From Marsh to Modern Living 

In September 1997, the complete infrastructure of the Roman frontier(or limes), including a road, a a river and a ship, was discovered in a remote part of the Leidsche Rijn town development. This discovery marked the start of the largest programme of archeological investigation ever carried out in the Netherlands.

The results have thoroughly changed our perception of 3,000 years of human occupation in the centre of the Netherlands. In 2007 the Department of Heritage of the Municipality of Utrecht took the initiative in presenting the archaeological treasures and findings derived from them in a cultural park that brings together various functions and audiences: the concept of Castellum Hoge Woerd was born. This new cultural facility, which combines a museum, a theatre, a city farm and a restaurant, was built on top of a former Roman fort, which will be part of the ‘Frontiers of the Roman Empire’ World Heritage Site in a few years.
On this top archaeological site, a modern interpretation of the fort was reconstructed, using innovative light-construction technologies.
The brief for the museum project was to design a permanent exhibition that showcases the archaeological treasures in the context of their stories. The concept was to place a selection of the thousands of finds in a coherent context, highlighting them in accessible, exciting and understandable ways. The idea was to present the priceless artefacts as well as their stories about the ever changing landscape. The design team have consistently aimed at unique experiences that can only be fully had at the museum itself, by innovative spatial designs and one off interactives, all adapted to the unusual shape of the building.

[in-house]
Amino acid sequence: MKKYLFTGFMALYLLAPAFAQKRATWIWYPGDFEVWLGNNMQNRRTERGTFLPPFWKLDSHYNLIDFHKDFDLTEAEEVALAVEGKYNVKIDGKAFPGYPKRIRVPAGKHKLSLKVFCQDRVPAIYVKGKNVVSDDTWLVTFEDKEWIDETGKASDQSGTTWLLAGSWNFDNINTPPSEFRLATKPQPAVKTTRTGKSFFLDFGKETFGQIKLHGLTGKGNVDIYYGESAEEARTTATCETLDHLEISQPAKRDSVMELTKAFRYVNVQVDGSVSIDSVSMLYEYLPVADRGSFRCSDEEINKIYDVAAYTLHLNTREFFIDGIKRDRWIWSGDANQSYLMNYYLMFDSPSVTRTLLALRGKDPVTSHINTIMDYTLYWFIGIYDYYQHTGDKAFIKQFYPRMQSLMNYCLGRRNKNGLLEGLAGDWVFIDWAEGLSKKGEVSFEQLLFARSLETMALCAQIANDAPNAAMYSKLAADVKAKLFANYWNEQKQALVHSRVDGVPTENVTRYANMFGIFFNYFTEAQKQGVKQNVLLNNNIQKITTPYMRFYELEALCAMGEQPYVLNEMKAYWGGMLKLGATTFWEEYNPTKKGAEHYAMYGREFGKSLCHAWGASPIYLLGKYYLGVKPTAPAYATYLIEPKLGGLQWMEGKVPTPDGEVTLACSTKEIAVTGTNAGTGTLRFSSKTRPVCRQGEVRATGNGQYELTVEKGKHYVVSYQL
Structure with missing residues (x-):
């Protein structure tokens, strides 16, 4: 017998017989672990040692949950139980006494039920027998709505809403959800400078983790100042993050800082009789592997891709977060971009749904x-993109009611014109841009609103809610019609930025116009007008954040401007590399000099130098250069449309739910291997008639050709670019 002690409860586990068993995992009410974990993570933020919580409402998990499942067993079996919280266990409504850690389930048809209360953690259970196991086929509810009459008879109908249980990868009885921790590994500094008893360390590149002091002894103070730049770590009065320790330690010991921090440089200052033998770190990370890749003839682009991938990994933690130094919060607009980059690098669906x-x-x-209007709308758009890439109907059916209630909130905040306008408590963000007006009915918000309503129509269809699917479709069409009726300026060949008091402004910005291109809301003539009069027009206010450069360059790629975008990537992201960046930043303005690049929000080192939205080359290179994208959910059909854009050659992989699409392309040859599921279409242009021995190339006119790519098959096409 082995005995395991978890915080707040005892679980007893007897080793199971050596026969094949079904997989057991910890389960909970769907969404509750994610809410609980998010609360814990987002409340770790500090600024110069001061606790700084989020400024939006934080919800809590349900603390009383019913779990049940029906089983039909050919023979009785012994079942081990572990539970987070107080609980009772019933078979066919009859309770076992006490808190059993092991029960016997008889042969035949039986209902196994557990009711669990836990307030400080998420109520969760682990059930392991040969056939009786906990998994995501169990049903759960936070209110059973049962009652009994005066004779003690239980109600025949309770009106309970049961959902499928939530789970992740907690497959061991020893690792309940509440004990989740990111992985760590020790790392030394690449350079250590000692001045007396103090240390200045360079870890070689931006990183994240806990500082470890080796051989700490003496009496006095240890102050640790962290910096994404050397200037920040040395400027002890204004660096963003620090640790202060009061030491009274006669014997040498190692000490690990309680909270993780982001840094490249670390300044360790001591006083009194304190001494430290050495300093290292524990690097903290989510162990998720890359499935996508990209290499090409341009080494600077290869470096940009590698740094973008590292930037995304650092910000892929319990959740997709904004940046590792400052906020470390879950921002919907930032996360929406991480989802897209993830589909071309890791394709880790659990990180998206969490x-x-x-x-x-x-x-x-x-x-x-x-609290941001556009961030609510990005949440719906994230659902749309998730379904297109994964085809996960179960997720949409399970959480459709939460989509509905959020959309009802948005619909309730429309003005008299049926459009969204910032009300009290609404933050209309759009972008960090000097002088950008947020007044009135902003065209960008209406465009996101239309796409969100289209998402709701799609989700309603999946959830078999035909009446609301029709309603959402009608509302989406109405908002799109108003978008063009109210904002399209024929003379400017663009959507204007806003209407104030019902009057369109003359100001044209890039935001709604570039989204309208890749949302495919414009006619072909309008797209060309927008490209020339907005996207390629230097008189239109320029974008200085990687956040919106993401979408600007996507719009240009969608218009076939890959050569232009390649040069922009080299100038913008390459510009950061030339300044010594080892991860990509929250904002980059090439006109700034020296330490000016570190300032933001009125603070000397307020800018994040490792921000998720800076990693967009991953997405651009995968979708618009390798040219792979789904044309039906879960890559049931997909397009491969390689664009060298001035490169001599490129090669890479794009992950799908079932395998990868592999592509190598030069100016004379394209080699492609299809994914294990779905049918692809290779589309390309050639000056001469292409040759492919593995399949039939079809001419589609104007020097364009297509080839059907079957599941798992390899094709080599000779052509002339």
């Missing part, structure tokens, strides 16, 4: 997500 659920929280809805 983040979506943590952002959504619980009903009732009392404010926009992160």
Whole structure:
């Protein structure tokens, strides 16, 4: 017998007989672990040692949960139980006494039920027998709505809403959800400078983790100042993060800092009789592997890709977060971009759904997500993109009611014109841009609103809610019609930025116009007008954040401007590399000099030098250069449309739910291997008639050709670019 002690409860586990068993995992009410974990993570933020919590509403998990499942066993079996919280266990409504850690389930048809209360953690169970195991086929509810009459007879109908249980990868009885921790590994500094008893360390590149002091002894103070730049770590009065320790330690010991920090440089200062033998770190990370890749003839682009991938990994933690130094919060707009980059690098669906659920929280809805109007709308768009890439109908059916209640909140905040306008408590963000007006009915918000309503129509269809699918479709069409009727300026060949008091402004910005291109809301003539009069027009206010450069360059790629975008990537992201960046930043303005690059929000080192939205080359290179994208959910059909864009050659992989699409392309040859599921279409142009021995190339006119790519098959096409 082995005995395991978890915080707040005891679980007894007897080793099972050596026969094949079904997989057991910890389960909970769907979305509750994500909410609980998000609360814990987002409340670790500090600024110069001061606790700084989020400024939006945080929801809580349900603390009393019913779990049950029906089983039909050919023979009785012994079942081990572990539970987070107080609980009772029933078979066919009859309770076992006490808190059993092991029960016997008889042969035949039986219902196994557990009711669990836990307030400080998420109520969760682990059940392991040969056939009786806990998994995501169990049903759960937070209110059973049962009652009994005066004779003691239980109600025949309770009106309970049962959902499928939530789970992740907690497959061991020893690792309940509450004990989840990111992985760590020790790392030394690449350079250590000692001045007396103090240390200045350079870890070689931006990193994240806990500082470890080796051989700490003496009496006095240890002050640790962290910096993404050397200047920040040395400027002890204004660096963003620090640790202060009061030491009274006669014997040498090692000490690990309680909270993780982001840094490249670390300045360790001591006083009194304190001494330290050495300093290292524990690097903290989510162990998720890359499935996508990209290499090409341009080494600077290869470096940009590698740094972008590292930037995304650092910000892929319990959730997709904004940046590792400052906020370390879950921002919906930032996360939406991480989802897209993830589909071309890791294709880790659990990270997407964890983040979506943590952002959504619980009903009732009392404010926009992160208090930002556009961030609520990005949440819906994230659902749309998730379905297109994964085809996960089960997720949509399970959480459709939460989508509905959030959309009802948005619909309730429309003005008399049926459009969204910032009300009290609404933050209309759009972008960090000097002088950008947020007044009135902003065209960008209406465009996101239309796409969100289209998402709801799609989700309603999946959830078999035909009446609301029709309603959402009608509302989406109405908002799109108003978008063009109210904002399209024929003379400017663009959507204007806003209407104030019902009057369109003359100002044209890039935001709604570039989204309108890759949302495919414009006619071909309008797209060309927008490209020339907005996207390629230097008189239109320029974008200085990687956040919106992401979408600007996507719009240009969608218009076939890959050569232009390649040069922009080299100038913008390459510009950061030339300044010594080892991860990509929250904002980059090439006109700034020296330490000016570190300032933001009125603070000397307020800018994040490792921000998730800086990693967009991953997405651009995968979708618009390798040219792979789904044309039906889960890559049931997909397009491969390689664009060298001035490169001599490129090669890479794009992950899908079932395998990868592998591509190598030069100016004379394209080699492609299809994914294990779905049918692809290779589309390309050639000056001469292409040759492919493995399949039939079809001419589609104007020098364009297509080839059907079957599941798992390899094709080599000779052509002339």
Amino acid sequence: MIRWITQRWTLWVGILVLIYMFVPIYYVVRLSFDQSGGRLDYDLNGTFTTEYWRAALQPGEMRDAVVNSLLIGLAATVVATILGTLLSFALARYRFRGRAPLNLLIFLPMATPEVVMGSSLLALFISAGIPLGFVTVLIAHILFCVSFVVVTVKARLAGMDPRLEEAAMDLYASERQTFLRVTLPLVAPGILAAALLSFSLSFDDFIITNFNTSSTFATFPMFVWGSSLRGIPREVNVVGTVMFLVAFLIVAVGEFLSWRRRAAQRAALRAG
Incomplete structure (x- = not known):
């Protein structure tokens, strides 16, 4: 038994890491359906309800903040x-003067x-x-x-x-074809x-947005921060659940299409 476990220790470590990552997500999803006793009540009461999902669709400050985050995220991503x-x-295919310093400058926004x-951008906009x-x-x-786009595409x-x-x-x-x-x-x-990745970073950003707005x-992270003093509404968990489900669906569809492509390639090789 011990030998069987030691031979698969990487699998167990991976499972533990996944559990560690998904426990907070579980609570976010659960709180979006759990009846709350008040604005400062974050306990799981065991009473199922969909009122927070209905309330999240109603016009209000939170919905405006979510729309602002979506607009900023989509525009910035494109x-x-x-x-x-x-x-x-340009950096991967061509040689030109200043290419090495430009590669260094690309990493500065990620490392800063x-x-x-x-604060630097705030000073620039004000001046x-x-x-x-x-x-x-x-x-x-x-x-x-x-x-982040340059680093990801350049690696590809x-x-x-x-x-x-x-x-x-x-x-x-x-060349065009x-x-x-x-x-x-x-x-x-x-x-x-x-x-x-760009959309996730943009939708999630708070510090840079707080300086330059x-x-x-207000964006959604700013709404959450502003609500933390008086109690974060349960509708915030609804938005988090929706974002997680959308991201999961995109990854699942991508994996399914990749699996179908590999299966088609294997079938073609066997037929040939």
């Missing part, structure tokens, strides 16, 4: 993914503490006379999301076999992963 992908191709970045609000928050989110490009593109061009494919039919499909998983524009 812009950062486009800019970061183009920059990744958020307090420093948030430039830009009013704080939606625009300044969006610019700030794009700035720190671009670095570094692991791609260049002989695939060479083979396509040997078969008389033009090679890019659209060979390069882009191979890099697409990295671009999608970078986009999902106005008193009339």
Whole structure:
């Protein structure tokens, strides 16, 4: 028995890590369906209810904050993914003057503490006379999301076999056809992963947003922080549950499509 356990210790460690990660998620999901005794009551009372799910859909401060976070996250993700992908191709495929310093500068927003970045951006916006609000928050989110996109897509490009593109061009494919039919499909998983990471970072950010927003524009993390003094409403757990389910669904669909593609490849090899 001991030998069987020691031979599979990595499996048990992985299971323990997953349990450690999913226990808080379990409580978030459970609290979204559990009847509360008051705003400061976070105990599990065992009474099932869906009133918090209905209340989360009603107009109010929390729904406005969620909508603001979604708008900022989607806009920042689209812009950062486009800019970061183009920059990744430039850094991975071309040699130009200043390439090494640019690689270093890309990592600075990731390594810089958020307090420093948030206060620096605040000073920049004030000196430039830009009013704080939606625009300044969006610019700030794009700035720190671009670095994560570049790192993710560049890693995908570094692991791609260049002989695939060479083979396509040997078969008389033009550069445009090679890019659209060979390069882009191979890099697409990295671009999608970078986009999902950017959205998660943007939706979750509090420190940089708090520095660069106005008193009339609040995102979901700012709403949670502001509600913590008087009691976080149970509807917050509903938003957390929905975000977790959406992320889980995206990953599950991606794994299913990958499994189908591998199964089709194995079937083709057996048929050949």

The exhibition designers were inspired by the shapes of the building. In the case of the submitted project ‘From Marsh to Modern Living' the shape of the exhibit is derived from the Roman fort’s rounded corner. Visitors first follow the timeline and are then 'trapped' in the ‘basket’ and immersed in the looping ‘mindset’ movie.

In addition to the impressive display of the Roman ship Meern 1 with its unique array of furniture, tools, kitchen utensils and personal belongings of the shipper, the exhibition space in the ramparts of the fort also consists of the following elements:

The exhibition starts with the "The island of Archeology" because a basic knowledge about the wonderous world of archeological research o is essential to understand the many stories told as they roam around the Castellum. How does archeology work? Why is it best left in the ground? Archeology is the raison d’être of the Castellum.

Our submission for the Heritage in Motion Award, the exhibit ‘From Marsh to Modern Living’, encapsulates the mindset of the museum and takes the visitor on a trip through the history of the Leidsche Rijn area. The theme cluster “The Changing landscape” highlights the most memorable historical periods of human occupationin this area. It consists of six‘islands’ each of which tells the main developments in the landscape ‘biography’ of that particular period, illustrated by both mundane materials and flashy ‘eyecatcher’ finds.

The visitor can walk over the ramparts of the forts. Every gate tower features a “time window”. These windows show the visitor what the landscape looked like in Roman times. With the help of augmented reality, the Roman past is projected over the present as the visitor touches one of the information points in the screen. Visitors are able to move the screen like a periscope in order to explore the complete landscape, both Roman and present.